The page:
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Can I add a jib furler?


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I have a Still 525 sailing dinghy. This class is probably unknown outside of Finland but it's much like a wayfarer, Flying Scot, GP14 etc. 

Here is a Picture of the boat in case it helps to see what I mean.

Currently the jib is setup to attach to the forestay with plastic shanks. I was wondering whether it would be possible to instead add a furler and attach the jib halyard to the furler and have the jib furler around the halyard instead of the forestay. The Jib does not have a wire sown into the luff but I believe it will furl round the halyard none the less. 

Can anybody see any major flaws with this idea? I kind of like having the idea of my jib being furled instead just being pulled down and crumpled into a pile at the bow. Also it would make it much easier to get the jib out of the way when using the spinnaker.

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It is a bit ambiguous as to what you are proposing.

But it seems you are proposing to leave the forestay independent and have the sail furl around itself. So that means the sail won't be hanked to the forestay.

This will give you two problems

  • Without a luff wire, the jib will sag badly. In fact it will barely set at all
  • Unless there is enough separation between the forestay and the jib as it furls, or the roller incorporates some sort of spacer, for former will get caught up in the latter.

So, this can be done, but you'll need to insert a luff wire in the jib and give the roller the space it needs to work. Plus you might then need a better mechanism to tighten the jib luff (when the forestay is taking the load it doesn't need to be as tight.

If you roll up the jib and forestay together, the problem will be you can't then lower the jib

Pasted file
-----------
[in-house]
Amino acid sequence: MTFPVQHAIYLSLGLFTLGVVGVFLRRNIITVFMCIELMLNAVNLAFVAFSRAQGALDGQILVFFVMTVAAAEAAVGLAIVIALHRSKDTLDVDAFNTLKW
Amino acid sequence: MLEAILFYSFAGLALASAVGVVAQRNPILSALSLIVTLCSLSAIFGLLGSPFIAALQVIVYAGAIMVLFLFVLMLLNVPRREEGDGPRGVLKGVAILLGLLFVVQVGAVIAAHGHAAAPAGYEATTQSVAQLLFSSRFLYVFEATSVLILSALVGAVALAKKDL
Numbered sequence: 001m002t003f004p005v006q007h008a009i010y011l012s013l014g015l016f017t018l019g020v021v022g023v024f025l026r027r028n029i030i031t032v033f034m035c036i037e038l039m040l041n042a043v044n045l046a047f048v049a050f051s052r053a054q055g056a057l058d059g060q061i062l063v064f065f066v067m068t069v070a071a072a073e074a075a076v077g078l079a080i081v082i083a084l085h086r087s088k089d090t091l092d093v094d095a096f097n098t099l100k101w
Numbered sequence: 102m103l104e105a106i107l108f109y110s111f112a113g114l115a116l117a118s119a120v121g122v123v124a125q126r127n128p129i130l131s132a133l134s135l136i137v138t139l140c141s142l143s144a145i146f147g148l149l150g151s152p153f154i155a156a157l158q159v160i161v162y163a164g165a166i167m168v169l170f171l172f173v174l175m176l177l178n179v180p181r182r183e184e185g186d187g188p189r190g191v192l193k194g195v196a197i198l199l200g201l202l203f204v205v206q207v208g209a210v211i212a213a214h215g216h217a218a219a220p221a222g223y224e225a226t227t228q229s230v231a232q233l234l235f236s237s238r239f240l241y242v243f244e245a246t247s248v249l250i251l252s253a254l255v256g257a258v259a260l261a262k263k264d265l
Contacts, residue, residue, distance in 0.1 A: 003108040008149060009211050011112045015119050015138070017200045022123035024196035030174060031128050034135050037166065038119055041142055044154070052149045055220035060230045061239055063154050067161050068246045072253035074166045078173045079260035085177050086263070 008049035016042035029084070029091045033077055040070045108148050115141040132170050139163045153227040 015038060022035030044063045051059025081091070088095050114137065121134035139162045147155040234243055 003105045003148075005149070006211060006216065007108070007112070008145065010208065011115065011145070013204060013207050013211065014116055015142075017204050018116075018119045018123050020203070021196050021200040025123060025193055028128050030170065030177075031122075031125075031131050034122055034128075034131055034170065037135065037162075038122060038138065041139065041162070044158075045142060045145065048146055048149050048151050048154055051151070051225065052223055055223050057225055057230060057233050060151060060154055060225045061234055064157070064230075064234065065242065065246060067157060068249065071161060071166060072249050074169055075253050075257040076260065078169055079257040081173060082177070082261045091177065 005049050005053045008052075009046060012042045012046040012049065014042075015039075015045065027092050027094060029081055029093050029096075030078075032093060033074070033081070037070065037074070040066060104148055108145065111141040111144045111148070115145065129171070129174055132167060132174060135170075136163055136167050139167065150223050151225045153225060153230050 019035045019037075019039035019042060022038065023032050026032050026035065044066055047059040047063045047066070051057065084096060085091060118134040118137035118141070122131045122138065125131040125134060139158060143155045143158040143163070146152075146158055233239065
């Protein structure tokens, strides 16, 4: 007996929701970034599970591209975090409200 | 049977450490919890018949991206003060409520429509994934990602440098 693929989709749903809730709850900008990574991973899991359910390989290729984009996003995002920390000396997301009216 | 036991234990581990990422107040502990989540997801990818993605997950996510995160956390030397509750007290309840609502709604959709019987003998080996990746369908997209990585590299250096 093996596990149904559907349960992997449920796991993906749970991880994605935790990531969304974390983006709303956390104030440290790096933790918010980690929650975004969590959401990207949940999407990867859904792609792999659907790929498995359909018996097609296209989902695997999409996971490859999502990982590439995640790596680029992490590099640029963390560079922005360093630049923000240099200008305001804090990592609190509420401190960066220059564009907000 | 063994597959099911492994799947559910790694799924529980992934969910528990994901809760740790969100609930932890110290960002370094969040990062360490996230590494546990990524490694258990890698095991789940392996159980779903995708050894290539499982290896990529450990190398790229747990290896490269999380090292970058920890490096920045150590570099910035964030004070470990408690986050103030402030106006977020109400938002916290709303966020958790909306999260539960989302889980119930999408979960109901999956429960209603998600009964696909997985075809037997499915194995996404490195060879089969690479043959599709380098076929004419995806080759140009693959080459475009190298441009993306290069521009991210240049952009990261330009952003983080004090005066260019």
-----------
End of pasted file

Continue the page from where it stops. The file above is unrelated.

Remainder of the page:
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45 minutes ago, Rambler said:

It is a bit ambiguous as to what you are proposing.

But it seems you are proposing to leave the forestay independent and have the sail furl around itself. So that means the sail won't be hanked to the forestay.

This will give you two problems

  • Without a luff wire, the jib will sag badly. In fact it will barely set at all
  • Unless there is enough separation between the forestay and the jib as it furls, or the roller incorporates some sort of spacer, for former will get caught up in the latter.

So, this can be done, but you'll need to insert a luff wire in the jib and give the roller the space it needs to work. Plus you might then need a better mechanism to tighten the jib luff (when the forestay is taking the load it doesn't need to be as tight.

If you roll up the jib and forestay together, the problem will be you can't then lower the jib

Yes the forestay would be independent. I would run a wire from the furler at the bottom to the swivel at the top. This would be the appropriate size for the jib. I would then hank the jib to that wire and have the bottom and top of the luff attached to the furler and the swivel respectively. Then the top of the swivel would be attached to the halyard which would be used to tension the whole setup. I would imagine this would be ensure that the jib wouldn't sag. Have a look at the attachment to get a better idea of what I plan to do.

Also the separation would be an issue but I think I could overcome that without too much hassle. 

Barton_Marine_-_Tech_Info_-_Jib_Furling_with_Sail_Hanks_-_Fitting.pdf

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2 hours ago, bluefightingcat said:

You wouldn't happen to have some photos around. I would love to see how you managed to do it.

No, not anymore, but i searched on goog and found them, "make your own dinghy furler"

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Most dinghies with blade jibs don't put away the jib when flying the spinnaker. the only one I know of the is Buccaneer and that boat is unique in having a genoa with a lot of overlap which would make handling the genoa and spinnaker difficult. I think the Buccaneer uses a "structural furler" where the forestay wire is the furler wire and the jib is a zip luff.

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